Then I saw some local squat in maybe a foot of water for a quick bath. If a local could do that much, I could manage to go in all the way. I went back to the house to change.

I know I've swum in waves like these before. My memory may be exaggerating their size, but those coming in when the school band made its trip to Florida were worthy of note. My memory did not exaggerate their thrill. We rode The Incredible Hulk and all those on the trip. They didn't compare in the least to the Atlantic Ocean, and they don't compare either to the Pacific Ocean. To watch a wave twice your height coming in, to feel the water pull away until what once covered your knees is now only at your ankles, to stagger up and have just time for a swallow before the next comes in, those are exciting.

Rush forward a few feet to catch it before it crests and be gently pushed along. Take a few steps back and feel it crash down on you. Turn your shoulder into it and plant your feet to try and withstand it. If the wave doesn't, the current pulling back from the shore does knock you. The small waves I jump just to say I can. The large ones I dive under and through. For a blink I feel that I have cheated the water this time, and then it all comes down on the small of my back.

I have a bruise on my right shoulder and cuts where the wave drove me into the sandy bottom. I should have more. I was lucky. This ocean can do better.

Tuesday, May 4

Two and a half months in Indonesia: The rain

It rains a lot in Bali. Or I could just be a wimp. I'd have to check on that with my friends from Seattle or who spent a term at Oxford or who have lived on a coast. It was raining the day I arrived. It proceeded to rain at least once a day for the rest of the week. Then it took a turn for the sunny for the next. We've come back around to the rain for the past three days.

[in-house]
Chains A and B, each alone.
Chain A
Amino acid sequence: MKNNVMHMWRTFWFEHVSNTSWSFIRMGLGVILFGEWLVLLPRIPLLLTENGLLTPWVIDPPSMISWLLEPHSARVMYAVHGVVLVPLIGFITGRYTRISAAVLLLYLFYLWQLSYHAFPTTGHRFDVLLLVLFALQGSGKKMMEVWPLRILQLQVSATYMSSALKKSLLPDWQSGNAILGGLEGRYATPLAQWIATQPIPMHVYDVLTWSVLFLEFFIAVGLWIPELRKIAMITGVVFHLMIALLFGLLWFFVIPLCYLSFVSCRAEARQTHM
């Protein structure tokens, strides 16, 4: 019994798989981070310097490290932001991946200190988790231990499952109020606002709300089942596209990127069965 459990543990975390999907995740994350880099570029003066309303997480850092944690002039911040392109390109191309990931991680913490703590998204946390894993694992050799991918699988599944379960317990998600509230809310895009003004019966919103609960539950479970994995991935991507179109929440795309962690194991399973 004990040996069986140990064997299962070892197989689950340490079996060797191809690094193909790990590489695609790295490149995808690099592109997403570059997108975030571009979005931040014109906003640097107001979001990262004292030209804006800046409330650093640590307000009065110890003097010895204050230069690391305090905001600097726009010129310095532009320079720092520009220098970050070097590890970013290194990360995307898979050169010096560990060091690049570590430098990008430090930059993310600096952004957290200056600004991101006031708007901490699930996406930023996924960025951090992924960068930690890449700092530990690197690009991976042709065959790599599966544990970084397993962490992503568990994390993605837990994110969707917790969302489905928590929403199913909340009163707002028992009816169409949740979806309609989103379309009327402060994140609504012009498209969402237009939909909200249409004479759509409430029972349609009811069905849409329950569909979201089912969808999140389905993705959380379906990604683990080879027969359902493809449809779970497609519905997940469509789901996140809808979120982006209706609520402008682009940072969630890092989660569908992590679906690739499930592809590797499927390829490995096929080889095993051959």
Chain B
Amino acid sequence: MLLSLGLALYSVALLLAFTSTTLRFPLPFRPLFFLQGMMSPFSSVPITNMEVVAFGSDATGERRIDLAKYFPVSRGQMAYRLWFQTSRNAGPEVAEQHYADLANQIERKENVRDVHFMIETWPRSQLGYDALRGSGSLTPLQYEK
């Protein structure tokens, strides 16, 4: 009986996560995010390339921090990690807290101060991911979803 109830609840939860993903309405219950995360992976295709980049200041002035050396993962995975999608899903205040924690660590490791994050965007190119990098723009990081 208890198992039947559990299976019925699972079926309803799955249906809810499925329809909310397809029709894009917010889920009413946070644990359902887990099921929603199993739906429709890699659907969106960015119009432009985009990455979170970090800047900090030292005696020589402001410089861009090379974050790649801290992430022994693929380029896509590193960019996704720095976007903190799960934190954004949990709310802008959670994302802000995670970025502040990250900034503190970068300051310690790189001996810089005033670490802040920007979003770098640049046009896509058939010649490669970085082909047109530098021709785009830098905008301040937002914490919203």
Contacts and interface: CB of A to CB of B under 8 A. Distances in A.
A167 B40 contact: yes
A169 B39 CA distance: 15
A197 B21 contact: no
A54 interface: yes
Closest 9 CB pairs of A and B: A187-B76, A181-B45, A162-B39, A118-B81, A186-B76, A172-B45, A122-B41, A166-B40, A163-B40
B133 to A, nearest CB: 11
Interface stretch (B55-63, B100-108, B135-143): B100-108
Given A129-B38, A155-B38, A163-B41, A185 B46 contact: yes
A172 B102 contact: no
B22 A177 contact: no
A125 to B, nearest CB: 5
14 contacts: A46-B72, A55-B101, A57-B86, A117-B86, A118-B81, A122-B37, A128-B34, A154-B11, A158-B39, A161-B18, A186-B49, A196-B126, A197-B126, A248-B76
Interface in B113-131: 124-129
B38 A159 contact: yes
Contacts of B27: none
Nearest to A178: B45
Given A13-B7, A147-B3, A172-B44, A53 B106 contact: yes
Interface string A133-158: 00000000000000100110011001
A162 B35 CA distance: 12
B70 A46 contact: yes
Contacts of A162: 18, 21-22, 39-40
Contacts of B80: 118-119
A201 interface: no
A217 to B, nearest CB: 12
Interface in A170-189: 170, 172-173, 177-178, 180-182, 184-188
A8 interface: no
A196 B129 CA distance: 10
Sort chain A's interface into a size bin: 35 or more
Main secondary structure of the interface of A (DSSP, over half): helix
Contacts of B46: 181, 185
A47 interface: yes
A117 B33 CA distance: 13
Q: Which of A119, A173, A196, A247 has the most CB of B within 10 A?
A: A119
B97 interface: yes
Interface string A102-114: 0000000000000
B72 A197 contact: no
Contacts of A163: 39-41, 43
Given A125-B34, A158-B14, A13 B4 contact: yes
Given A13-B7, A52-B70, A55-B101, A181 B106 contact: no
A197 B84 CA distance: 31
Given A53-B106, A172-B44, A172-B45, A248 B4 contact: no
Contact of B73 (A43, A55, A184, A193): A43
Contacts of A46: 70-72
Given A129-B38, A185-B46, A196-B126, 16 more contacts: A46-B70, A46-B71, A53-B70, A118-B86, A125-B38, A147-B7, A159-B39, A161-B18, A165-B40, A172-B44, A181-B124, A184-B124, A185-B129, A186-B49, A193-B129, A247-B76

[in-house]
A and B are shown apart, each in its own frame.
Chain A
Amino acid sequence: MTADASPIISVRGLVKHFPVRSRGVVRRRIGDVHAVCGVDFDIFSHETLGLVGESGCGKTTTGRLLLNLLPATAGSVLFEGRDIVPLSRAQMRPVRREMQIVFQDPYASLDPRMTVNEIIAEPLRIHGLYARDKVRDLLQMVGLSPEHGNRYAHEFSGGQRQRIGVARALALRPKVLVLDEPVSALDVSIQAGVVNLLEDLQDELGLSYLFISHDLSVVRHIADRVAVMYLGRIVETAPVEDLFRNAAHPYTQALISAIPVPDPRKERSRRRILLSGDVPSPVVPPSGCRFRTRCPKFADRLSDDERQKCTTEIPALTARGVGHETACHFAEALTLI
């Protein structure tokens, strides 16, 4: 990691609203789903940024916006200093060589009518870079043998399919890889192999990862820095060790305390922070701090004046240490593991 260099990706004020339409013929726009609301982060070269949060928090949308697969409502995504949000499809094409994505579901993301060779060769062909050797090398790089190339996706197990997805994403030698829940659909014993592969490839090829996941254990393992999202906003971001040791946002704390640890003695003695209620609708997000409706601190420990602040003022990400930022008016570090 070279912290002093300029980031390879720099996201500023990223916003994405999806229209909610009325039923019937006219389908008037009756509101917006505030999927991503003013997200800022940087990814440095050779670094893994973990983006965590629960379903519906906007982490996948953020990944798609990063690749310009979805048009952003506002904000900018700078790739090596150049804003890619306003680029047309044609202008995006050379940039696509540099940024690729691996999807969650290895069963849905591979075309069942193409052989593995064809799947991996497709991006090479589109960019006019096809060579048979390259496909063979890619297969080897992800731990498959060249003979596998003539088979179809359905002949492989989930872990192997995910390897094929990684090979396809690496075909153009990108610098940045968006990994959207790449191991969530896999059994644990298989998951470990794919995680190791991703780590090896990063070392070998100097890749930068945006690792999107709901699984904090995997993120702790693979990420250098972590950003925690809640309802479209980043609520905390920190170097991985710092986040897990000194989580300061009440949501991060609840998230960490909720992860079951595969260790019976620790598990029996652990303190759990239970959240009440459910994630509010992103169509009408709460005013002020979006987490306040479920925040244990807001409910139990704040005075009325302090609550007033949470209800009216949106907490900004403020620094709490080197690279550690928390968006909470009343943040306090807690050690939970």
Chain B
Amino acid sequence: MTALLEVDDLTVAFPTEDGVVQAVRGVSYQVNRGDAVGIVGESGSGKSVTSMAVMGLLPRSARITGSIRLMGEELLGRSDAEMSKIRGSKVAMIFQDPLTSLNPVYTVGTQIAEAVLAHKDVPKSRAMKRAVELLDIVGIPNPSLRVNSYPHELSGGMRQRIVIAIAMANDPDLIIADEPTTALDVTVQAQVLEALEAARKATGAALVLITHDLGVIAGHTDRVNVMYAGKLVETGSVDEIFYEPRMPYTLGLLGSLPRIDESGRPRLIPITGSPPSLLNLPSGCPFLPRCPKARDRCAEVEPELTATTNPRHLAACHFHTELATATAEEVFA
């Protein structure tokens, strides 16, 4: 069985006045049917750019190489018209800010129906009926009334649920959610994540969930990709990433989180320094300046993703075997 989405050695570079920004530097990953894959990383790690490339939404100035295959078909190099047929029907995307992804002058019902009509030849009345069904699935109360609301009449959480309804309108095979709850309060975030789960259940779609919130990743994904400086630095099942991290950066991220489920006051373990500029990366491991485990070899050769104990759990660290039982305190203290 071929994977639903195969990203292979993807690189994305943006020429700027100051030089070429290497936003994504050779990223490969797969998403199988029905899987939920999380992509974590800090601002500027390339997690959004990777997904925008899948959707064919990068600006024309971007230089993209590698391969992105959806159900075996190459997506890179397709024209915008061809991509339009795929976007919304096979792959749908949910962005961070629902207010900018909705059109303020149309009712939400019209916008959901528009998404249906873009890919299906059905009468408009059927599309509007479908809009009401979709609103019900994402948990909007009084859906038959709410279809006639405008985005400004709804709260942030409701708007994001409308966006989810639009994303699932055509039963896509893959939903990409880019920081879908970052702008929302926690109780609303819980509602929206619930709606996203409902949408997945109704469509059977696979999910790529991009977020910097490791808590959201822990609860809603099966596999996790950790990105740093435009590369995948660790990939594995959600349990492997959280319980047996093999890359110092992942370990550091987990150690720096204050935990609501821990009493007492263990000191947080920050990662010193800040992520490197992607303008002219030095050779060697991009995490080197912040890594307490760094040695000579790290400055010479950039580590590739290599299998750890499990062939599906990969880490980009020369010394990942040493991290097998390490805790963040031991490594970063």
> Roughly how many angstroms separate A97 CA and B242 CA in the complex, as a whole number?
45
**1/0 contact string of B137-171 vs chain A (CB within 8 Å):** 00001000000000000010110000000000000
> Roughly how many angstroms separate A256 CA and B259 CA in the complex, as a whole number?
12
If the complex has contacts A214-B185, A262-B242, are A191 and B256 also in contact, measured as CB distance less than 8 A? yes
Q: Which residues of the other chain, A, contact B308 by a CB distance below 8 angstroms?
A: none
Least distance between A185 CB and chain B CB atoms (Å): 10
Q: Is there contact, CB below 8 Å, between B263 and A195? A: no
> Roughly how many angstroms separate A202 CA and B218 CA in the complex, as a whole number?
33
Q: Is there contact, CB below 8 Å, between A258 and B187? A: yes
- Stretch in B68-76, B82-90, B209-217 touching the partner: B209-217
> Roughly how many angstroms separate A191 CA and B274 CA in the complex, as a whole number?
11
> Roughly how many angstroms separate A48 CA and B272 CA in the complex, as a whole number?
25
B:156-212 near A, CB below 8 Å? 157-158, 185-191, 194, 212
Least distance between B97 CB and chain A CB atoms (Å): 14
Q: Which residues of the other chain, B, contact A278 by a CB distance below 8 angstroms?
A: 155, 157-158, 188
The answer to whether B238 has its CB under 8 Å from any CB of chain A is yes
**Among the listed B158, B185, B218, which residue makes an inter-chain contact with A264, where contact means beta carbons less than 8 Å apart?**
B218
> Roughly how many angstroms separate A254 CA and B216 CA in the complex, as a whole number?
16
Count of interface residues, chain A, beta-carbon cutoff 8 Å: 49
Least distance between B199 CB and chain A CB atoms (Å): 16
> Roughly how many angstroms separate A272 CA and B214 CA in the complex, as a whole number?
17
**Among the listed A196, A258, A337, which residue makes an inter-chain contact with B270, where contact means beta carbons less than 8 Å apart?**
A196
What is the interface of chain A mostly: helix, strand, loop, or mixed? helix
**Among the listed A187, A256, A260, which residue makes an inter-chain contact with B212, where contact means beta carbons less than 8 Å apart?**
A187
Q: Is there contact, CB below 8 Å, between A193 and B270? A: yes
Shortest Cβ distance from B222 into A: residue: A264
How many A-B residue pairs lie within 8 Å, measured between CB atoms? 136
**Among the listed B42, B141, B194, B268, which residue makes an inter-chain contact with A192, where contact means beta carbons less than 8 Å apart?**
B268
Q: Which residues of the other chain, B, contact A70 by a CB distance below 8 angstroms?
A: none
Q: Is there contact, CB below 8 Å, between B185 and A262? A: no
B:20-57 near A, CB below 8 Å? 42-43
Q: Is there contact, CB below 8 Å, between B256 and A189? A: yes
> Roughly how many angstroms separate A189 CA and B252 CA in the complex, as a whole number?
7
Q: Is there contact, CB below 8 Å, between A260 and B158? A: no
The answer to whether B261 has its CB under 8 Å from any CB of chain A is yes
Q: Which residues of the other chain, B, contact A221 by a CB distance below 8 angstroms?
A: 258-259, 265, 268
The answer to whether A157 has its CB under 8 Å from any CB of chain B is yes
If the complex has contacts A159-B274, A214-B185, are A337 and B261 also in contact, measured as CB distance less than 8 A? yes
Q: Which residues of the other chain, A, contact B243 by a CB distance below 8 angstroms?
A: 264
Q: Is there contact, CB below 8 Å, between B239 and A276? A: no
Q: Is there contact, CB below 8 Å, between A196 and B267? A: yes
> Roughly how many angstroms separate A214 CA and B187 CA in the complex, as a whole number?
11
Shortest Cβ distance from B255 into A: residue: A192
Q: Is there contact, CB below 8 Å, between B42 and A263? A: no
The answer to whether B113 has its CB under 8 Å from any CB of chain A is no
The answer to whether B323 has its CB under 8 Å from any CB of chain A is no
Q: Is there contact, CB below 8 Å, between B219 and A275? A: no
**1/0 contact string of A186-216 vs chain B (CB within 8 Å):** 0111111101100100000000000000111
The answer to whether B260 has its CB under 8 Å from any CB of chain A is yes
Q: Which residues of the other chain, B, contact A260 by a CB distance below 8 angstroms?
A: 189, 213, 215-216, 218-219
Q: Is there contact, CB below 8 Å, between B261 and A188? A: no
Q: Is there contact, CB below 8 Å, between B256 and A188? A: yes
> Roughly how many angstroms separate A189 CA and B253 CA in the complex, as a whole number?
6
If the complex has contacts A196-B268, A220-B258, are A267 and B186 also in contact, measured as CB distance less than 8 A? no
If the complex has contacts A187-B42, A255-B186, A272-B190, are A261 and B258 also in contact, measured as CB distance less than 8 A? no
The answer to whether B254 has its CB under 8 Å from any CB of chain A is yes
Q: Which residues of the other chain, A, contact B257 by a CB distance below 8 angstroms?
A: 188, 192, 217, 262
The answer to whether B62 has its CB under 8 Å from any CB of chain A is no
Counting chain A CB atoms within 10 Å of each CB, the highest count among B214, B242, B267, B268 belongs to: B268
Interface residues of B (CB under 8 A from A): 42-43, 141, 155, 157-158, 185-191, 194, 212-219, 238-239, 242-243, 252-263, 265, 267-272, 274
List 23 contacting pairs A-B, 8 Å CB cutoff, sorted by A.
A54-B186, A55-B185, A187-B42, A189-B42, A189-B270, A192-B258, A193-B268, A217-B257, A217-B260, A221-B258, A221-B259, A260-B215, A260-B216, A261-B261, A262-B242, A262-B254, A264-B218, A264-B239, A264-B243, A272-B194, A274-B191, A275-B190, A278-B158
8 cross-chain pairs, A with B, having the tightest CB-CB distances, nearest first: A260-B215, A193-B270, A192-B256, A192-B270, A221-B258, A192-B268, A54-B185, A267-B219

We get the whole range of rain's textures and depths in Bali. There is the drizzle where you hardly even realize it's raining until it comes to your attention that your shirt is a bit darker in color and a bit heavier than when you left the house. The sweat from a good 5k gets you more wet than a drizzle. There is the drip where the water manages to band together for a few good drops that, again, aren't enough to get you really wet but are enough to make it look like you struggle with getting the water from the cup into your mouth. There are the sheets. The rain comes down with a density and speed that you know even the potent combination of umbrella and raincoat are not sufficient to keep the wet out. I even saw lighting during today's sheets. No thunder, but there most certainly was a flash.